Political Unrest, Brexit Impacted 2019 Investment Flows
International property consultant CBRE is reporting this week that global commercial real estate investment volume in Q4 of 2019, including entity-level deals, was nearly level (-0.5%) with Q4 2018, while full-year volume fell by 2% from 2018.
Regionally, EMEA had substantial investment activity in Q4 of 2019, up by 19% year-over-year and compensating for subdued activity in the previous three quarters. Americas investment volume fell by 6% year-over-year in Q4, while APAC saw a 27% decrease.
2019 Global CRE Market FAQs:
Global commercial real estate (CRE) investment, including entity-level deals, totaled US$326 billion in Q4 2019, about level (-0.5%) with Q4 2018. For the full year, global volume was down slightly (-2%) from 2018.
Excluding entity-level deals, global CRE investment volume rose by 9% year-over-year in Q4 to US$324 billion. Full-year global volume, excluding entity-level deals, was up by 5% from 2018.
EMEA investment activity surged by 19% year-over-year in Q4, with high levels of investment throughout the region.
In EMEA, Paris emerged as the top destination for foreign capital in 2019. Dublin also gained significant interest from foreign investors.
Total Americas investment volume fell by 6% year-over-year in Q4, while full-year volume fell by 2% to $569 billion. However, excluding entity-level deals, the U.S. posted its best single-quarter volume in the past decade, increasing 11% year-over-year. Canada and Mexico investment also rebounded nicely in Q4. Softening in the region's total volume stemmed from an 86% reduction in U.S. entity-level transactions.
The U.S. accounted for nearly half of global CRE investment volume in 2019. Despite constrained global market supply, low global bond yield expectations and falling hedging costs, investors should continue to favor U.S. CRE, as well as fuel a possible recovery of the mergers-and-acquisitions market.
EMEA investment volume grew by 19% year-over-year in Q4, while full-year volume fell by 2% to $352 billion. Q4 investment activity fell year-over-year in Spain (-44%) and France (-3%) but grew in the U.K. (27%) and Germany (55%). The U.K.'s full-year volume fell by 19%, largely due to prolonged political uncertainty regarding Brexit, while France (12%) and Germany (8%) saw their full-year volumes rise moderately and reach new highs. Other European markets continued to attract capital in 2019 despite historically low prime yields, with Ireland (58%), Sweden (56%), Austria (39%) and Italy (37%) all seeing double-digit full-year growth.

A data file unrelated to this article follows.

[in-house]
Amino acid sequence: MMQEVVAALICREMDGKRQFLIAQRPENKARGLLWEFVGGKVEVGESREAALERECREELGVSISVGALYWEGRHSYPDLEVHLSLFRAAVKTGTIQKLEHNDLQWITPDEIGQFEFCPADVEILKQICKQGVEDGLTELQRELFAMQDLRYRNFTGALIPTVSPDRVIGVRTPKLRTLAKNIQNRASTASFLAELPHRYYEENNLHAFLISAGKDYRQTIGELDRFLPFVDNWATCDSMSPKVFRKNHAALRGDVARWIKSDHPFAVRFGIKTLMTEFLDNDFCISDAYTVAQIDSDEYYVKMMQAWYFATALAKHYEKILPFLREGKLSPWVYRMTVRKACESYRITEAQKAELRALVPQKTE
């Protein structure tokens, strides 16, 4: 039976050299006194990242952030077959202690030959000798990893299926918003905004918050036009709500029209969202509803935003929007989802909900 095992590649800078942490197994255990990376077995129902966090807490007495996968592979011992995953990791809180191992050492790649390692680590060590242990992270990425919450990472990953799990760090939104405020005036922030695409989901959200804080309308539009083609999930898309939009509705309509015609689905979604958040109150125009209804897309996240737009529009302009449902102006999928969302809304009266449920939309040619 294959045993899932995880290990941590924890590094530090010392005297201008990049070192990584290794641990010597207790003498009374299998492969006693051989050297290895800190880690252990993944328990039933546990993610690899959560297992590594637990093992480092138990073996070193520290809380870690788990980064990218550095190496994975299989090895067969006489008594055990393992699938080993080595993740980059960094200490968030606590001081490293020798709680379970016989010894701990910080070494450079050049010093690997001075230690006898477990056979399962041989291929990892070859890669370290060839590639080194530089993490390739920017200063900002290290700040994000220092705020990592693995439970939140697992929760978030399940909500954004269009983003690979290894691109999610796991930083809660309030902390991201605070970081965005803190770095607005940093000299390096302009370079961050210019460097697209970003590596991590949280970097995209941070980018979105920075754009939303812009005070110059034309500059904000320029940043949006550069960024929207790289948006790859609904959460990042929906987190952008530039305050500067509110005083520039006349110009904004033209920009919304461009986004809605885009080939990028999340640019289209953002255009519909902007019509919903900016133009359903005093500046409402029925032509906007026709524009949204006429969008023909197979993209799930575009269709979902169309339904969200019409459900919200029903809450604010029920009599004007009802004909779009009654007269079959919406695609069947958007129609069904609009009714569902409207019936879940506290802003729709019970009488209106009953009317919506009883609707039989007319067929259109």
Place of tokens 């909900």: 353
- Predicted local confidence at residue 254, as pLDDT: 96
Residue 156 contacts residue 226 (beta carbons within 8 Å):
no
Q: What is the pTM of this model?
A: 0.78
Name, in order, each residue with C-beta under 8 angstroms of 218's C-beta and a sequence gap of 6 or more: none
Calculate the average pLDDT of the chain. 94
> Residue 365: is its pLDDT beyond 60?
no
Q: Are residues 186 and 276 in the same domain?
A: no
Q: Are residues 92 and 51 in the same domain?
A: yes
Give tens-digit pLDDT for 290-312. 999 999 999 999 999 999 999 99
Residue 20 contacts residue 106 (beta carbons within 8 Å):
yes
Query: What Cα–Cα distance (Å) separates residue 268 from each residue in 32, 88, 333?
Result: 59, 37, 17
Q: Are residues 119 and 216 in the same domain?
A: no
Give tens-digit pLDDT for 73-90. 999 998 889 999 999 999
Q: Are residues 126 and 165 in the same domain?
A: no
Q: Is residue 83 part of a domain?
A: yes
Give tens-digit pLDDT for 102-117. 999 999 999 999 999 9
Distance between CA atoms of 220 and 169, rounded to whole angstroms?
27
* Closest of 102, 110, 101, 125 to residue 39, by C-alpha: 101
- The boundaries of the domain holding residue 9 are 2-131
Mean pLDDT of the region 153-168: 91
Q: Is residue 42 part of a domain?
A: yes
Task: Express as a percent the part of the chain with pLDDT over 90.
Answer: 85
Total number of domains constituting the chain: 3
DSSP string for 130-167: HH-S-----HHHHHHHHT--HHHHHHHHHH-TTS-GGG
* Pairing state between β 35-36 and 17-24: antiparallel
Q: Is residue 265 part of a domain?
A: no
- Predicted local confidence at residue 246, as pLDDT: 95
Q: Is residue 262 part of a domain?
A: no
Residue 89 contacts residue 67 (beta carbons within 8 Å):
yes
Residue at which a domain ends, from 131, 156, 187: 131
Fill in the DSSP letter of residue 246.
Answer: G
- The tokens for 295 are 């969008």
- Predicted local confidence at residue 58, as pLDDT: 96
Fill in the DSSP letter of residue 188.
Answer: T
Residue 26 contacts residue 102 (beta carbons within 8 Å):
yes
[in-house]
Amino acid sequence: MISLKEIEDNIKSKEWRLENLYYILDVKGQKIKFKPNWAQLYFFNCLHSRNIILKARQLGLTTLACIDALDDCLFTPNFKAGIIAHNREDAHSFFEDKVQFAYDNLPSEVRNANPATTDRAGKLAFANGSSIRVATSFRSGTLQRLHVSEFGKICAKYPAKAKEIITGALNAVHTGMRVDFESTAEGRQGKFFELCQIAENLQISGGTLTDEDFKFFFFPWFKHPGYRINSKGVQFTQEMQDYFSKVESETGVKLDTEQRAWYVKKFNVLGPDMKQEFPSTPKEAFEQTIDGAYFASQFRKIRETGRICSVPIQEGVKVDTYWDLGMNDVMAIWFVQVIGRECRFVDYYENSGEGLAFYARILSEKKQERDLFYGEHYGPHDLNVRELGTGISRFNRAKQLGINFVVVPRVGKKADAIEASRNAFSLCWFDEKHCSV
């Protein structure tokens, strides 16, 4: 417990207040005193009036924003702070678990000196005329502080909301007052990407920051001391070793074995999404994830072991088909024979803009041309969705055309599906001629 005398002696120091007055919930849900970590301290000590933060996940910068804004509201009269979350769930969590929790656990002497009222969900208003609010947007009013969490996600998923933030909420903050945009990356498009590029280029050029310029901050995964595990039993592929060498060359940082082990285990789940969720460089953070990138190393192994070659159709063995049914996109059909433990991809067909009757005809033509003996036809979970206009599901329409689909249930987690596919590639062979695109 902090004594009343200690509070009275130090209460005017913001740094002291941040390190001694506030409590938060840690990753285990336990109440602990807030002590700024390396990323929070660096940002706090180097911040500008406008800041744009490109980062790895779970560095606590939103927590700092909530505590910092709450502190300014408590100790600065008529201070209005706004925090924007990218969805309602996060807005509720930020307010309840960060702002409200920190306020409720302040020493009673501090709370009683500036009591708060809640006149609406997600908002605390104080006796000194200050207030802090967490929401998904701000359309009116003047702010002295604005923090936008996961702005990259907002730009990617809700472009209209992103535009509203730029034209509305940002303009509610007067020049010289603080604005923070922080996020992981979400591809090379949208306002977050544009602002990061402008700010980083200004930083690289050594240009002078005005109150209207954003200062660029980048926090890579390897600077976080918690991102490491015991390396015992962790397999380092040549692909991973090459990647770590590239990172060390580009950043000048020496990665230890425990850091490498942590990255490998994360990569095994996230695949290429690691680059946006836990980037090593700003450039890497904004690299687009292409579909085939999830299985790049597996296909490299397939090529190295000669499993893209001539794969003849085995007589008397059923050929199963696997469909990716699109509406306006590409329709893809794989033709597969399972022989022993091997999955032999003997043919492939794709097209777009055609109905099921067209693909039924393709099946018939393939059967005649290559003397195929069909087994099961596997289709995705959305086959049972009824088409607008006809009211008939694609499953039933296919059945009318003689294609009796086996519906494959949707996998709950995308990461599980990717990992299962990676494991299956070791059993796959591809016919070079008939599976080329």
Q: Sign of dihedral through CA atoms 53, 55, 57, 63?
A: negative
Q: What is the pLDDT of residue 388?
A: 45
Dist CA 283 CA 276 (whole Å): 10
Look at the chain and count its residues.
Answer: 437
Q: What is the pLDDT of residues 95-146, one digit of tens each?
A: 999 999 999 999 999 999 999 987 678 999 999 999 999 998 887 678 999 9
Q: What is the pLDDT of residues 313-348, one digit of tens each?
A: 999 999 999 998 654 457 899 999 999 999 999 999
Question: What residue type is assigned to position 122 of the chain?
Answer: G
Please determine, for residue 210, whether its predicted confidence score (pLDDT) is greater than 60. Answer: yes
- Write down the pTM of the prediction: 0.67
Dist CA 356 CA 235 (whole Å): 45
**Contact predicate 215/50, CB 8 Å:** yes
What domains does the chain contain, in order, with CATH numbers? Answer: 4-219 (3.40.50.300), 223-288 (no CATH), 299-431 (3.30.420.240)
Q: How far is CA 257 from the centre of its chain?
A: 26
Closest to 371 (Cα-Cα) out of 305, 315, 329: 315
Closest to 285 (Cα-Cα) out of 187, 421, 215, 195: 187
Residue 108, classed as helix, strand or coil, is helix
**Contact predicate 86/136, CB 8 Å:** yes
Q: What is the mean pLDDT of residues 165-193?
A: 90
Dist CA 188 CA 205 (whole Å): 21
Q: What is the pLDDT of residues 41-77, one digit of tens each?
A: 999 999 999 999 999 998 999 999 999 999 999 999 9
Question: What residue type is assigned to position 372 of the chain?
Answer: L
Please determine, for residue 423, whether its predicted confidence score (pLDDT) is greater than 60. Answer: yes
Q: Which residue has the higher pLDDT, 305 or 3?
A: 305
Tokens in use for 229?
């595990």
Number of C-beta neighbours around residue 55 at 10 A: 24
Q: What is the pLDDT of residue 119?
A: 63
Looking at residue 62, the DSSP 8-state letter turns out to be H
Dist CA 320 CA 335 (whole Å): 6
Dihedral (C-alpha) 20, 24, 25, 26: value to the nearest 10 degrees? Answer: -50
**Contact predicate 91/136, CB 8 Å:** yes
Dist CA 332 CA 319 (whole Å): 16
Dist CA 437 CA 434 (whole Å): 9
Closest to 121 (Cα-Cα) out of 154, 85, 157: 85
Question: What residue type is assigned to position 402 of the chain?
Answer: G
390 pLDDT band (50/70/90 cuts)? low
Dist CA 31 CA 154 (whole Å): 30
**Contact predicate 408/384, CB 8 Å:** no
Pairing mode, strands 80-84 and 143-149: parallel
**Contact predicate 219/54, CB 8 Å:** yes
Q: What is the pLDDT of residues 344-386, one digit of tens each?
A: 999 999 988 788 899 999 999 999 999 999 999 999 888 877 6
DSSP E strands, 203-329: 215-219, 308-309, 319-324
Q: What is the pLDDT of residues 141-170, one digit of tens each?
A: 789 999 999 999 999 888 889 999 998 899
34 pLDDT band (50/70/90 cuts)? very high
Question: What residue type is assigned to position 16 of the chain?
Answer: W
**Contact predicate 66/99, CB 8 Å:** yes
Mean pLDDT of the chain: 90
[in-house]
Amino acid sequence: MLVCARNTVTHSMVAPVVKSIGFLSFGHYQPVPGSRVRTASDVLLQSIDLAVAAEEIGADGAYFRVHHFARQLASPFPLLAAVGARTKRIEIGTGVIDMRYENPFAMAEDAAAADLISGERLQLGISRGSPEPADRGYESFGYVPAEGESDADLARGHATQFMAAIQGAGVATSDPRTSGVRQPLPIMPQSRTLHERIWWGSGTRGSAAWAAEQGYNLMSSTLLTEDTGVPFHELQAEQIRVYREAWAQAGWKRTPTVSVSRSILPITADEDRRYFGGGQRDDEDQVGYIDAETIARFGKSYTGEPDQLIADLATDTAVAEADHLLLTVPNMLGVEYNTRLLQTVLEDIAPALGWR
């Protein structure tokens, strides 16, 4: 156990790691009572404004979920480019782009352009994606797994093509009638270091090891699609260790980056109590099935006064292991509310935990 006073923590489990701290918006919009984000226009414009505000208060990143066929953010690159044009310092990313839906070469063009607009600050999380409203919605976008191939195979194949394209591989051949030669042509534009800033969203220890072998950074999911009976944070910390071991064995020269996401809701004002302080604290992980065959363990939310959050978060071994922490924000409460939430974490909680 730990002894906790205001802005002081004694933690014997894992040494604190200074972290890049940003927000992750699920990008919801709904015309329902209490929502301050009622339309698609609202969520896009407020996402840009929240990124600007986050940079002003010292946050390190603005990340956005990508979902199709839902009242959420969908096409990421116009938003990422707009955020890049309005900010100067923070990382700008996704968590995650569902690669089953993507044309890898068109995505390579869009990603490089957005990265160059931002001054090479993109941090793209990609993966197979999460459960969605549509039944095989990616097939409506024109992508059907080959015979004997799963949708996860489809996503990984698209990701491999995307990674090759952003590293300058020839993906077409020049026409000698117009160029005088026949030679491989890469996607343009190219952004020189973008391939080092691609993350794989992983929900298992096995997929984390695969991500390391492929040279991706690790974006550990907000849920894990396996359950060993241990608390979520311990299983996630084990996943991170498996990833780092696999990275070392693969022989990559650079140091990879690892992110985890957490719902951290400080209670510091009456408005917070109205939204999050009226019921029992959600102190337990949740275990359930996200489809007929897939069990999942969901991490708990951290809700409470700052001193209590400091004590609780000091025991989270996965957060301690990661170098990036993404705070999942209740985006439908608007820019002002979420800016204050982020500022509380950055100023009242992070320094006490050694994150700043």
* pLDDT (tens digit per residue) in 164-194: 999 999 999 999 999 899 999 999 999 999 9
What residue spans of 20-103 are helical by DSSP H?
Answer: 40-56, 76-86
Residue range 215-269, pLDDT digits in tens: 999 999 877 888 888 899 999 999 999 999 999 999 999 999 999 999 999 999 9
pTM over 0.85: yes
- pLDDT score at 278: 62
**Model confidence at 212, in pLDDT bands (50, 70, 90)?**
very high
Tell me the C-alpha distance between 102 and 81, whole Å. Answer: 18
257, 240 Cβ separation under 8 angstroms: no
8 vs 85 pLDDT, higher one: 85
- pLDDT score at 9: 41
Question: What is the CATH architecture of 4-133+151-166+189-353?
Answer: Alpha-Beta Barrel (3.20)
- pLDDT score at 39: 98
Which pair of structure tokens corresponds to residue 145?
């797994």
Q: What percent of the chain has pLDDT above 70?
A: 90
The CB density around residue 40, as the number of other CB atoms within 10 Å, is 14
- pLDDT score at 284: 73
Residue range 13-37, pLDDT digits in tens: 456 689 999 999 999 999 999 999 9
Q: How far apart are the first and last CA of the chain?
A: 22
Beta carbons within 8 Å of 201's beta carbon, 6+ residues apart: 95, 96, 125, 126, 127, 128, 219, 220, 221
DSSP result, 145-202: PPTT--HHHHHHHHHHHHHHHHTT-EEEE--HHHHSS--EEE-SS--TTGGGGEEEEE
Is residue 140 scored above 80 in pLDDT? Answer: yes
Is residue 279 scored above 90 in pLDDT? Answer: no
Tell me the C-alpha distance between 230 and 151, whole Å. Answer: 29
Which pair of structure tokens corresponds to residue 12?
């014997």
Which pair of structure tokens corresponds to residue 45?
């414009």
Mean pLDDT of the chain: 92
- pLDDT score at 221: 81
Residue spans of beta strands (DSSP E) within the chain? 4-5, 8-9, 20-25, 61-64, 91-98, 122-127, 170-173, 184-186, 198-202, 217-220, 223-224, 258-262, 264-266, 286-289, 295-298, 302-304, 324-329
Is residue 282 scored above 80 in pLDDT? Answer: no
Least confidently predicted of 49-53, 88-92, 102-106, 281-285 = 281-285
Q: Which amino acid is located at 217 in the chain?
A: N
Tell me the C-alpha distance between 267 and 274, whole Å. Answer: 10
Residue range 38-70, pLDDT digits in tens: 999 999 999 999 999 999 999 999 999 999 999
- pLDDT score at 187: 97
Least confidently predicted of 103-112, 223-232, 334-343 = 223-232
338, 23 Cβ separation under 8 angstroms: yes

Big-ticket transactions and renewed investor confidence inflated investment volumes throughout Continental Europe, with deal sizes larger than $100 million increasing 9% year-over-year. Furthermore, office and residential assets remained the most attractive. Investment volumes throughout Europe remained high, with mergers-and-acquisitions deals remaining prevalent. Additionally, the European Central Bank's decision to lower interest rates and restart quantitative easing gave an added stimulus to investment volumes this quarter. In 2020, as Western European markets continue to return low yields, capital likely will look toward a recovering U.K. market and Central and Eastern Europe for higher returns on CRE investments.
APAC investment volume fell by 27% year-over-year in Q4, while full-year volume fell by 2% to $131 billion--above the five-year average of $125 billion. The decline in transaction volume was due to fewer big-ticket transactions than in Q4 2018 and a significant decline in Hong Kong investment volume due to ongoing political turmoil. Hong Kong's Q4 2019 volume was the lowest quarterly total since the global financial crisis in 2008.
Nevertheless, several key APAC markets had increased investment volume in H2 2019. Australia and China had increases from domestic investors, while investment volume in Korea reached a record high, with office and logistics assets in highest demand. Japan continued to attract capital in 2019 largely due to its attractive yield spread offering.
The outbreak of the Wuhan coronavirus poses negative risks to investment sentiment in the region, with Greater China expected to have a slow start in Q1 2020. Investors likely will reduce their pace of investment and wait to determine the full extent of the outbreak.
Global cross-border investment volume rebounded slightly in Q4, but still declined 7% year-over-year. Full-year cross-border investment fell by 20% from 2018--a banner year with three of the five largest quarterly cross-border volumes on record. All three regions had declines in cross-border investment, led by the U.S. (-54%) due to slowing mergers-and-acquisitions activity. In Q4 alone, EMEA saw sizeable growth of 21% in cross-border investment. Paris was the top EMEA destination for foreign capital, after replacing London for the first time on record in Q3 2019. Dublin gained significant investor interest, particularly in Q4, likely on investor optimism regarding the Brexit deal.